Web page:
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6 November 2003 Simulated performance of an optical system that uses deconvolution of multiple phase-diverse aberrated images
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Aperture size imposes, by way of diffraction, a fundamental limit on the spatial resolution that can be attained with an imaging system that operates at a given distance from a target. It is therefore natural to seek to improve image resolution by increasing the size of the collection aperture of a remote sensing system. On the other hand, as aperture size increases it becomes technically more difficult, and financially much more expensive, to maintain a figure quality that holds geometrical aberrations to a level that is negligible compared to diffraction effects. This paper presents an analysis of an approach that combines active optics with what has been called a post-detection phase diversity technique [R. A. Gonsalves, "Phase retrieval and diversity in adaptive optics," Opt. Eng. 21, 829-832 (1982)]. The basic concept is to allow for variable focus as an inherent system capability, in order to acquire multiple defocused images, each one of which has slightly different, and complementary, spatial frequency content. The proper deconvolution and merging of these images produces a composite image that is superior to the image that can be acquired at any single focal setting. This paper presents the theoretical basis of this approach, and numerical simulations that include the effects of noise and various levels of third order spherical aberration.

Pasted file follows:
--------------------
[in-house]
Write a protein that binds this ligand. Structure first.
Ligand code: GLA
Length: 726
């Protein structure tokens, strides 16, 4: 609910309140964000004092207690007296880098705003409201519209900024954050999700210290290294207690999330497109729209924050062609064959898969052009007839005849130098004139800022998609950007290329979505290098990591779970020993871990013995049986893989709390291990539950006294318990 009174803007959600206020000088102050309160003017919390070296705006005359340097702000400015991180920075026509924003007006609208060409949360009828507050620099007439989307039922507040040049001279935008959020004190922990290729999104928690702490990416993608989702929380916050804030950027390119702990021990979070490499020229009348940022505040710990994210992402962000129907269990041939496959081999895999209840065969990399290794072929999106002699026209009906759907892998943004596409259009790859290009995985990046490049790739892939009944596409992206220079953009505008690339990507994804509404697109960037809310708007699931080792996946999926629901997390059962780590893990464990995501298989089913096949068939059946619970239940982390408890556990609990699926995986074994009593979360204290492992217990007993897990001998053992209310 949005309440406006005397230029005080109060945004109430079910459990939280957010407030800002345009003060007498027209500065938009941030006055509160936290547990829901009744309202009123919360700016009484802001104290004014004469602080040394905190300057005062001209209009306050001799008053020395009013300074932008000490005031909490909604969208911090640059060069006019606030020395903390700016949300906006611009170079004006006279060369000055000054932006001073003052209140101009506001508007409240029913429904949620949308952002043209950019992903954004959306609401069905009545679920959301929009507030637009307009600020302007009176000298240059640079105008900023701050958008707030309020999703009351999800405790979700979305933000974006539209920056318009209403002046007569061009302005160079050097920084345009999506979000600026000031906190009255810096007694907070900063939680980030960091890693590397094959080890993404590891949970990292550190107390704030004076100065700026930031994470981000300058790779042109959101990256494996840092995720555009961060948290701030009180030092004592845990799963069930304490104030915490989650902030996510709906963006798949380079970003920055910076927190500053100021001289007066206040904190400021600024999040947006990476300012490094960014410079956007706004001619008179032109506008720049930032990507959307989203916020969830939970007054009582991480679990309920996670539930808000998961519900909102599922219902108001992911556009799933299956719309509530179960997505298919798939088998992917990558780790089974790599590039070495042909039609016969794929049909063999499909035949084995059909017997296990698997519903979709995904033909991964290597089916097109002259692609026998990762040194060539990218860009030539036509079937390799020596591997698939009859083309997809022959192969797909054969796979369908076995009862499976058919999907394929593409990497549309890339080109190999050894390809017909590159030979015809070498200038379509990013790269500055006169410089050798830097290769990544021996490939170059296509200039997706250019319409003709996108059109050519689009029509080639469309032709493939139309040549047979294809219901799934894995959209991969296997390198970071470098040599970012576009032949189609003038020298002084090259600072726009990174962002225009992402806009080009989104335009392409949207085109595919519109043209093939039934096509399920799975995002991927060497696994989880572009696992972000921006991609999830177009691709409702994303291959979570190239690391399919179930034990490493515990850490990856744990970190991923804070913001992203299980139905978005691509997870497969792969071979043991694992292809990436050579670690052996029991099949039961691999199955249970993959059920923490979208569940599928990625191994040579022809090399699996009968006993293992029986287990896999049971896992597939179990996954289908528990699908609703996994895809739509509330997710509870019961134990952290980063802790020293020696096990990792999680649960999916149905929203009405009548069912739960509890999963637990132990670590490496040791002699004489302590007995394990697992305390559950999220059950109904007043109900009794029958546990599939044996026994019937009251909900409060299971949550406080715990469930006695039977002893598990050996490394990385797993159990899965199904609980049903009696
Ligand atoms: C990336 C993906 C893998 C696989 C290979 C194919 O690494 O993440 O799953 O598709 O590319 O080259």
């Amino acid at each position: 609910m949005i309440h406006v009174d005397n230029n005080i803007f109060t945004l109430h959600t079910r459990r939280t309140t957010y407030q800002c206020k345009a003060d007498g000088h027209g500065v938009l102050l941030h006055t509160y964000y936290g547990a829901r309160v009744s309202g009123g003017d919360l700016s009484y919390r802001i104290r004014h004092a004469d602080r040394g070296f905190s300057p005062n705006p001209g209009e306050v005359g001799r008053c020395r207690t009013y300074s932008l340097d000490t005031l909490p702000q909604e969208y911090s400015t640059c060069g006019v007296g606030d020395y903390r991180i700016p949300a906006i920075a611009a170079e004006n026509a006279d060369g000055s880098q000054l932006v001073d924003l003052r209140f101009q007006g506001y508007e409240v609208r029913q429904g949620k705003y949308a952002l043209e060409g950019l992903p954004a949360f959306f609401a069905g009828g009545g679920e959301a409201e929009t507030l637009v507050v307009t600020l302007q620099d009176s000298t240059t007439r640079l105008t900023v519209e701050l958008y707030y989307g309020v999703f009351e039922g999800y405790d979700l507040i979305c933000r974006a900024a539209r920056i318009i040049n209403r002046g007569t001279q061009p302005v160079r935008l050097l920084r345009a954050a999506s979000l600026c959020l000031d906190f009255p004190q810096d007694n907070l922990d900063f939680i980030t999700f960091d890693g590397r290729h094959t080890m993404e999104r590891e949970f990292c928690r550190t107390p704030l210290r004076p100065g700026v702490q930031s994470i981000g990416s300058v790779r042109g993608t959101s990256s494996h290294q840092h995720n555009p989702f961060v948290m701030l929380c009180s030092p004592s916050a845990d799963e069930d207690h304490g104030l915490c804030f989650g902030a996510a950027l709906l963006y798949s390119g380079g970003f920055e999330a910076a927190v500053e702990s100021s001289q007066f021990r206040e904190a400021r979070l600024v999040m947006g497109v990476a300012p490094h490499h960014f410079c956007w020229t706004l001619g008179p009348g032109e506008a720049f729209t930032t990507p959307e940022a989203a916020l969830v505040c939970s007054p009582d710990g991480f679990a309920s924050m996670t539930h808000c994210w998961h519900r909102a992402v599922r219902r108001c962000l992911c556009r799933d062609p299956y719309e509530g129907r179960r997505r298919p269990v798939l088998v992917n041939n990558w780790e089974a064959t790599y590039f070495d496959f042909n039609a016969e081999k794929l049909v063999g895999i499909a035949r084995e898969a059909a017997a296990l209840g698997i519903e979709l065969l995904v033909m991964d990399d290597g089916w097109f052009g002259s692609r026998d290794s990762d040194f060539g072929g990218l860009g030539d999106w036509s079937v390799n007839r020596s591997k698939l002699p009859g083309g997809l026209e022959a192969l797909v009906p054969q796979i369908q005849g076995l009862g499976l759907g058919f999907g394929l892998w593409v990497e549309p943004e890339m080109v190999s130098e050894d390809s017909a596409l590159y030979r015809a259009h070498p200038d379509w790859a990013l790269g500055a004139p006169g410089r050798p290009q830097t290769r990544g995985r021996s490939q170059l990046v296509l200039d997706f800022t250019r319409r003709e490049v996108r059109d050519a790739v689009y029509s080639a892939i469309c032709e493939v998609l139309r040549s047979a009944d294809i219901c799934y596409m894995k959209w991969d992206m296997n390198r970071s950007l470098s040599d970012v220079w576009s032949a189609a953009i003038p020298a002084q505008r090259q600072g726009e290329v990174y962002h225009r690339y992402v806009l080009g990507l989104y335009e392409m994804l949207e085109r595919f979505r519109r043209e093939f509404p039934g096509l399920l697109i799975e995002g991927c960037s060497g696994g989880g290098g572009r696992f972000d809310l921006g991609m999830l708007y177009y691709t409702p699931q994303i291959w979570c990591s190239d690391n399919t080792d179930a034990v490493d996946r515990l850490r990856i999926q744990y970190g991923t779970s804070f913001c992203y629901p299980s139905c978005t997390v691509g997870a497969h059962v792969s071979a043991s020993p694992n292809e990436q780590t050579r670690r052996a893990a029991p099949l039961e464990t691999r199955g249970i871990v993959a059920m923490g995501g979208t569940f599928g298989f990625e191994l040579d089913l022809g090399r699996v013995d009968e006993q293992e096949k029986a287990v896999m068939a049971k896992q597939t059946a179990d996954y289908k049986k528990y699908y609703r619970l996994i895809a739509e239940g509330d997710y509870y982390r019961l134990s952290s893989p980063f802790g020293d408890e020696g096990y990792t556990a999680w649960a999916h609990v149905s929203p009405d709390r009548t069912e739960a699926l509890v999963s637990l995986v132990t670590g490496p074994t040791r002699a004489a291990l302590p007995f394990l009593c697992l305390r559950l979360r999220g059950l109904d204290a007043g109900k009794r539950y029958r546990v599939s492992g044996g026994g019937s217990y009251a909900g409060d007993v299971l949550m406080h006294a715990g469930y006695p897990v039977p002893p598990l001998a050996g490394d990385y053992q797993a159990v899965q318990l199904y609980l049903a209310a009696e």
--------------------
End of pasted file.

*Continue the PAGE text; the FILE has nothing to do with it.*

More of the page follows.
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Mark W. Smith "Simulated performance of an optical system that uses deconvolution of multiple phase-diverse aberrated images", Proc. SPIE 5174, Novel Optical Systems Design and Optimization VI, (6 November 2003);


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